Solar power ready to dominate the consumer energy market

Solar Electricity has potential to supply over 2 billion people in 2025.

Dresden, 6 September 2006: Solar power can deliver electricity to more than 2 billion people, provide over 2 million jobs with an annual investment of 113 billion Euros by 2025, reveals a joint report, 'SolarGeneration', released today by Greenpeace International and the European Photovoltaic Industry Association. The market report also explains that 350 million tonnes of CO2 emissions would be cut - the equivalent amount from 140 coal power stations and by 2040, solar electricity could provide over 16% of the global demand.

"Solar energy is on the brink of leading the highly competitive consumer energy market, therefore the industry must invest further now in mass production to bring the costs down," said Teske. "The next two years are crucial for solar electricity to move out of the niche market and into mainstream energy production where it belongs. For the expansion of solar power to be successful, commitment from not only the industry but also Governments must play their part in the energy revolution. The industry is ready - where are the Governments?"

In 2005 the total installed capacity of solar photovoltaic (PV) systems around the world passed the landmark figure of 5000MW (= 10 average size coal power plants). Global shipments of PV cells and modules have been growing at an average annual rate of more than 40% for the past few years. Such has been the growth in the solar electricity industry that business only of the European PV industry in 2005 was worth more than 5 billion; on a global scale the industry's turnover was approximately 10 billion.

"In 2006 the solar industry will invest well over 1 billion Euros along the whole value chain in new solar factories and R&D in order to increase the economy of scale and to lower the costs for solar photovoltaic systems," said Dr. Winfried Hoffmann, President of the European Photovoltaic Industry Association and member of the managing committee of SCHOTT Solar. "The global photovoltaic industry is ready to invest even more for years to come, but there must be a stable political framework for the next ten years to enable this investment to pay off."

Greenpeace International and the European Photovoltaic Industry Association are urging Governments to secure those investments with support programmes. The most successful scheme is a "feed-in tariff" which guarantees a specific price for each Kilowatt-hour fed into the grid. The "feed-in policy" has already been introduced in 41 countries, states and provinces enabling consumers to operate a solar system on their rooftop economically. In addition legally binding targets for the share of renewable energy in the EU for 2015 and 2020 are urgently needed.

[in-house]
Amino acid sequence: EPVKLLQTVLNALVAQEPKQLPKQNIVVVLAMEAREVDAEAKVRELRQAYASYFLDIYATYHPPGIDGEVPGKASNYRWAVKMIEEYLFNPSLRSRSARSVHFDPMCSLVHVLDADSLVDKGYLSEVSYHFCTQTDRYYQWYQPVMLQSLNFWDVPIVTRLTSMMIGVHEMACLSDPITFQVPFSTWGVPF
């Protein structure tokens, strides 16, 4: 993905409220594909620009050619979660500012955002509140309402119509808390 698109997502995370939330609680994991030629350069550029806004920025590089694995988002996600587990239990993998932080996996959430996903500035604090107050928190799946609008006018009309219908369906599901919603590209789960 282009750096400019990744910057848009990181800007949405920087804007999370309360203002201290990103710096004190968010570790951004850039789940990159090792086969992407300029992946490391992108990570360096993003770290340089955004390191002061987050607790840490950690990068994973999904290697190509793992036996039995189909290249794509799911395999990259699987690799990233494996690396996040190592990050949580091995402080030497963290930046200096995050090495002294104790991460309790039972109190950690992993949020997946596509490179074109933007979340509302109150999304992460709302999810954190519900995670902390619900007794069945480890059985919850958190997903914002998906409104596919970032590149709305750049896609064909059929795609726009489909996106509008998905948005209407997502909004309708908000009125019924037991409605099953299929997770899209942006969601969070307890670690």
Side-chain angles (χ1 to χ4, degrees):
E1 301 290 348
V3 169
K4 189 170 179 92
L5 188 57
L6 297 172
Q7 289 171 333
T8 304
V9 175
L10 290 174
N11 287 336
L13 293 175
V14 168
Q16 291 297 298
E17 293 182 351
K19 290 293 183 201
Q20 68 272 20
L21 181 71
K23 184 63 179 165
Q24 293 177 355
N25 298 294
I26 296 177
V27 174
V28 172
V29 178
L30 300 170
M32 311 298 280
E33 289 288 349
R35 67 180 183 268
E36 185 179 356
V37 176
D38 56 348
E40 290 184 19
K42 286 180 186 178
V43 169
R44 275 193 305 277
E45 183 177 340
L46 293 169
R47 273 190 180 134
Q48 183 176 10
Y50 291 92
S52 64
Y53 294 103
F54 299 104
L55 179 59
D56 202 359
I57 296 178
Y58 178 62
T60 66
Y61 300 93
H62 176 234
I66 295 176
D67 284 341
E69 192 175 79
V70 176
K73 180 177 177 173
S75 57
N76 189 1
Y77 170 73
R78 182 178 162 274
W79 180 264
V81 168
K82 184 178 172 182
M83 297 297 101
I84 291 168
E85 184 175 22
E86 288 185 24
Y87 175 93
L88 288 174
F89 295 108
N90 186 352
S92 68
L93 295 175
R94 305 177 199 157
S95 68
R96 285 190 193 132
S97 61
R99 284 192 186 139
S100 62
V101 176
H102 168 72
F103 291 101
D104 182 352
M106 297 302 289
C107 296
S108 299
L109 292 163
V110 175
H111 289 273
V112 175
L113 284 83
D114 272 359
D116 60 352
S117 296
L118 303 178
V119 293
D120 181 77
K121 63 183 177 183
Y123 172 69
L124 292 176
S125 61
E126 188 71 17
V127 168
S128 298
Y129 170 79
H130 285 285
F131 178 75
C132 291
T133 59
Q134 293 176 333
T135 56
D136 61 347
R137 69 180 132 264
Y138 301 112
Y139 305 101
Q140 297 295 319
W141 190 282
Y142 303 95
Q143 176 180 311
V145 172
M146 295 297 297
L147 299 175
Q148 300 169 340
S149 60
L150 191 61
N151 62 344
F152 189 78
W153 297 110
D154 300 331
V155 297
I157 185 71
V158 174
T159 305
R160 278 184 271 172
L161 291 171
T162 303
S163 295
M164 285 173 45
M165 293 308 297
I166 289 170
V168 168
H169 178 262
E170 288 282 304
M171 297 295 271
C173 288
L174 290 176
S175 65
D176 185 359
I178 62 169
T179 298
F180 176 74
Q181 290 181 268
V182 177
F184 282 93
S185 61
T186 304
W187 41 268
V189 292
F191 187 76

Competition among the major manufacturers has become increasingly intense, with new players entering the market as the potential for PV opens up. The worldwide photovoltaic industry, particularly in Europe and Japan, is investing heavily in new production facilities and technologies. At the same time, political support for the development of solar electricity has led to far-reaching promotion frameworks being put in place in a number of countries, notably Germany, Japan, the US and China.

"The best protection against escalating electricity prices is installing your own solar modules on your roof," said Teske. "'Distributed energy' from solar panels will save billions of tonnes of CO2 emissions and guarantee stable electricity prices for families around the world. The day you install a solar generator on your roof, is independence day from your energy bill."

The European Photovoltaic Industry Association (EPIA) and Greenpeace have produced this third edition of Solar Generation to update our understanding of the contribution that solar power can make to the world's energy supply. This joint initiative adopted the title 'SolarGeneration' because it aims to define the role that solar electricity will play in the lives of a population born today and developing into an important energy consumption group.

The report is available for download on

For further information please contact:

Sven Teske, Greenpeace International, +49 171 878 7552
Mhairi Dunlop, Greenpeace International Communications, +44 7801 212 960
Marie Latour, EPIA, +32 485 154 782

Advice and contacts for installing solar panels can be found on

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